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Purism Eyeing The i.MX8M For The Librem 5 Smartphone, Issues First Status Update

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  • johanb
    replied
    I have the expectation that the hardware on this phone will be "good enough".
    It's their first phone and they have a lot of requirements to be able to be as libre as they can, give them a break.

    The reason why I backed this project is because I want to see a open source mobile operating system which you can actually contribute to.
    The fact that it will run upstream code will also mean that it could technically be supported forever in comparison to android phones which get updates in just 1-2 years which is simply horrible. Hell, even the nexus phones which are supposed to have good software support only get 3 years support!

    If this succeeds and is still available in 3 years, this is our best bet on "real" convergence.
    Personally I'd still like to have my desktop for performance, but to dock it into a laptop with just battery+screen+keyboard+trackpad would be really neat.
    Everything could probably even be sent through a USB-C port with thunderbolt/usb3.1.

    I wouldn't mind a RISC-V variant of the Librem 5 in the future either
    Last edited by johanb; 17 January 2018, 08:00 AM.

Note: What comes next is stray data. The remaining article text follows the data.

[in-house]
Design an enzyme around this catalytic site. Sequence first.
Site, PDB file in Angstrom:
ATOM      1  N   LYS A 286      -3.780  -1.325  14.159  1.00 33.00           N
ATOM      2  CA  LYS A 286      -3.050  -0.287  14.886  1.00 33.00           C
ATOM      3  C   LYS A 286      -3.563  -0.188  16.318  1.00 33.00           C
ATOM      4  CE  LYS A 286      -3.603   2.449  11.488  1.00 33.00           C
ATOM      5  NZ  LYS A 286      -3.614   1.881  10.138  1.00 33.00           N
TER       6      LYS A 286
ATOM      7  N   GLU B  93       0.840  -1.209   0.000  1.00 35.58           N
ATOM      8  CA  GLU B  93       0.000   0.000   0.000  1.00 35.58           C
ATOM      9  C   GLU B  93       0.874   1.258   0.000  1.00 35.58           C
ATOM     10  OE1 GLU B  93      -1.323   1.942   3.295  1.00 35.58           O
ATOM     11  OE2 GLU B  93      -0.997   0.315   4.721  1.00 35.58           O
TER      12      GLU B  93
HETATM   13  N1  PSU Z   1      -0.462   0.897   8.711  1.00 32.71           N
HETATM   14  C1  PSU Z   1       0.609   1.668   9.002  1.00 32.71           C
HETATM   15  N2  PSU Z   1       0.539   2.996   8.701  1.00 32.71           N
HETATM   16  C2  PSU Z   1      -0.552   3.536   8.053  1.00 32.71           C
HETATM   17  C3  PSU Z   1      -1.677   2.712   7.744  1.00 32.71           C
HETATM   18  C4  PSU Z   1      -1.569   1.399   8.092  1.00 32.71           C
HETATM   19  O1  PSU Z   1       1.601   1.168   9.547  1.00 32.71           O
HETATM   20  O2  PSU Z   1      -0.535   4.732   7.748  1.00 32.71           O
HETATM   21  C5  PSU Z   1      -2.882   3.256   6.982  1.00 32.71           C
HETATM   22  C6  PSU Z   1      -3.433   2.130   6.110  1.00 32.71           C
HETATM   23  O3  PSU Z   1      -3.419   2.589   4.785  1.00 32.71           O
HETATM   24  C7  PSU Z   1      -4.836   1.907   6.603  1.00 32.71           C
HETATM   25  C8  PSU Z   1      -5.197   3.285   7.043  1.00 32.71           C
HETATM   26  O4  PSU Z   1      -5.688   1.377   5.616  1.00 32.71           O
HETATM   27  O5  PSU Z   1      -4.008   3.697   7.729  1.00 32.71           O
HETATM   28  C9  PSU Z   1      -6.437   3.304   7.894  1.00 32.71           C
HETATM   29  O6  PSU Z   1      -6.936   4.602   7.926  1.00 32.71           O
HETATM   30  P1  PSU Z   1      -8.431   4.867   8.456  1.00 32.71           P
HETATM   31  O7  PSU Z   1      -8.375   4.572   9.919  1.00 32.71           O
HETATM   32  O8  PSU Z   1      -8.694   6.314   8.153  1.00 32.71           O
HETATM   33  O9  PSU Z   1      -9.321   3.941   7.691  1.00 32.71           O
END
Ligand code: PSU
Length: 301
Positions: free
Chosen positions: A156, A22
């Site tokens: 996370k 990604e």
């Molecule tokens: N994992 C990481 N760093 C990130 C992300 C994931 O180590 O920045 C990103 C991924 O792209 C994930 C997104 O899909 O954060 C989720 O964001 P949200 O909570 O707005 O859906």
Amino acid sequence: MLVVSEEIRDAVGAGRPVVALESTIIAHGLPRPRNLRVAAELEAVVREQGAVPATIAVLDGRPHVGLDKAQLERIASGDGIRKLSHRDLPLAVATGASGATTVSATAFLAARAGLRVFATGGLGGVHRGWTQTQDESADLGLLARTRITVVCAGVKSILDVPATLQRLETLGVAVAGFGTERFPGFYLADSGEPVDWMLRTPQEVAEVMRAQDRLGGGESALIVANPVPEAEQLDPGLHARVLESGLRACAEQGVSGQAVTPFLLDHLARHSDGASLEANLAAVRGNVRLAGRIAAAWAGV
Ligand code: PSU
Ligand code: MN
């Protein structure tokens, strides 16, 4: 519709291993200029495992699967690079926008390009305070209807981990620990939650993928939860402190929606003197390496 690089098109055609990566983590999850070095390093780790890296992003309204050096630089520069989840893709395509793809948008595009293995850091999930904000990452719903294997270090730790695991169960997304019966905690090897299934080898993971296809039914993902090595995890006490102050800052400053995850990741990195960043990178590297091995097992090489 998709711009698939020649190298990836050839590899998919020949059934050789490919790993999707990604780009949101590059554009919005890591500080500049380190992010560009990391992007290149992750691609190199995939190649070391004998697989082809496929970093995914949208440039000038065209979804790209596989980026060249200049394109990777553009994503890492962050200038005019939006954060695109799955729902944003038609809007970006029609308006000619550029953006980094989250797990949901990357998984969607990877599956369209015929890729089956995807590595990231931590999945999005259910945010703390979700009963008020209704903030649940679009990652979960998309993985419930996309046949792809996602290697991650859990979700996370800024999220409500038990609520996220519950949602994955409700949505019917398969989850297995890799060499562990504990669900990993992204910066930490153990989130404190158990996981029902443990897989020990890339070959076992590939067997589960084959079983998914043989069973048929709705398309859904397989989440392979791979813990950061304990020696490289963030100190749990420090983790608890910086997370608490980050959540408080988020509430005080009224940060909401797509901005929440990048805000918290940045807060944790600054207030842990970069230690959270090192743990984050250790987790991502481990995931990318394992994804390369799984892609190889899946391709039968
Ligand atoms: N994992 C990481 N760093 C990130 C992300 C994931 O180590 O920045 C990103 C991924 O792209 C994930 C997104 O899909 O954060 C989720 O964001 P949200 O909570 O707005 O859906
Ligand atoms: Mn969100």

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  • DrYak
    replied
    Originally posted by GI_Jack View Post
    What I want:
    comes stock with TWRP and Linaege OS, and a native, everything working fork.
    That won't be made by Purism.
    Part of their whole point is to have a full GNU/Linux stack.
    (Though they might support andbox by the time the device ships).

    On the other hand, as the device is supposed to be full open-source and supported by stock vanilla linux,
    and all the weird parts (3G/4G modem, GPS, etc.) only being isolated in separate chips only talking over standard protocols (serial, network), it should be almost trivial for anyone in the LineageOS community to port it to the Librem5.


    All the rest you're hoping fore (no DMA access granted to the modem, free drivers everywhere, etc.) is exactly what they aim for, and why they stay with i.MX8 SoCs instead of the latest shiny from Qualcomm.

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  • DrYak
    replied
    Originally posted by Vasant1234 View Post
    The I.MX8 is a quad core Cortex A53 which is pretty much an entry level phone right now. In 2019 it will be comparable to a $150/- Android phone with very limited software.
    You have to realise two things :
    - Their primary target is not people wanting to have a ginormous over powered iPhone X2 / Samsung Galagy whatever/etc. Their primary target is people who want to be fully in control on everything that goes inside their phone (so a full GPL GNU/Linux stack).